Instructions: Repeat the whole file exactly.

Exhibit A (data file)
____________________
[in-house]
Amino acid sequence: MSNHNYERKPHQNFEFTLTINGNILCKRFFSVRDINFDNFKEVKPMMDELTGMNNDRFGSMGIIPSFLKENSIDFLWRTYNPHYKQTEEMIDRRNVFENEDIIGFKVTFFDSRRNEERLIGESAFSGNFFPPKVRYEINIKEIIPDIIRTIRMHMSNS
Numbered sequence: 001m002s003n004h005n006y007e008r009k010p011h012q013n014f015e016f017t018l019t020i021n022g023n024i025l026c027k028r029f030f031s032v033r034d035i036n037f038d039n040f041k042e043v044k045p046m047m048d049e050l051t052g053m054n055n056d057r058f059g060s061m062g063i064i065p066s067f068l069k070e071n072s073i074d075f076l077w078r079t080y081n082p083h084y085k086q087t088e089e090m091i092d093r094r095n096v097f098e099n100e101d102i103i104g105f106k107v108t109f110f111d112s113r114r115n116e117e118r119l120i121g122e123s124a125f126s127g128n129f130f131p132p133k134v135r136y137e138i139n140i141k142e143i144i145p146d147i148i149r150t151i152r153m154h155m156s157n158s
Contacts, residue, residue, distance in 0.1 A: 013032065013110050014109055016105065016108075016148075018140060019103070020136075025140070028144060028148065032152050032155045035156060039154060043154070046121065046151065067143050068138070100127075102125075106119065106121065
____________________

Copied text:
[in-house]
Amino acid sequence: MSNHNYERKPHQNFEFTLTINGNILCKRFFSVRDINFDNFKEVKPMMDELTGMNNDRFGSMGIIPSFLKENSIDFLWRTYNPHYKQTEEMIDRRNVFENEDIIGFKVTFFDSRRNEERLIGESAFSGNFFPPKVRYEINIKEIIPDIIRTIRMHMSNS
Numbered sequence: 001m002s003n004h005n006y007e008r009k010p011h012q013n014f015e016f017t018l019t020i021n022g023n024i025l026c027k028r029f030f031s032v033r034d035i036n037f038d039n040f041k042e043v044k045p046m047m048d049e050l051t052g053m054n055n056d057r058f059g060s061m062g063i064i065p066s067f068l069k070e071n072s073i074d075f076l077w078r079t080y081n082p083h084y085k086q087t088e089e090m091i092d093r094r095n096v097f098e099n100e101d102i103i104g105f106k107v108t109f110f111d112s113r114r115n116e117e118r119l120i121g122e123s124a125f126s127g128n129f130f131p132p133k134v135r136y137e138i139n140i141k142e143i144i145p146d147i148i149r150t151i152r153m154h155m156s157n158s
Contacts, residue, residue, distance in 0.1 A: 013032065013110050014109055016105065016108075016148075018140060019103070020136075025140070028144060028148065032152050032155045035156060039154060043154070046121065046151065067143050068138070100127075102125075106119065106121065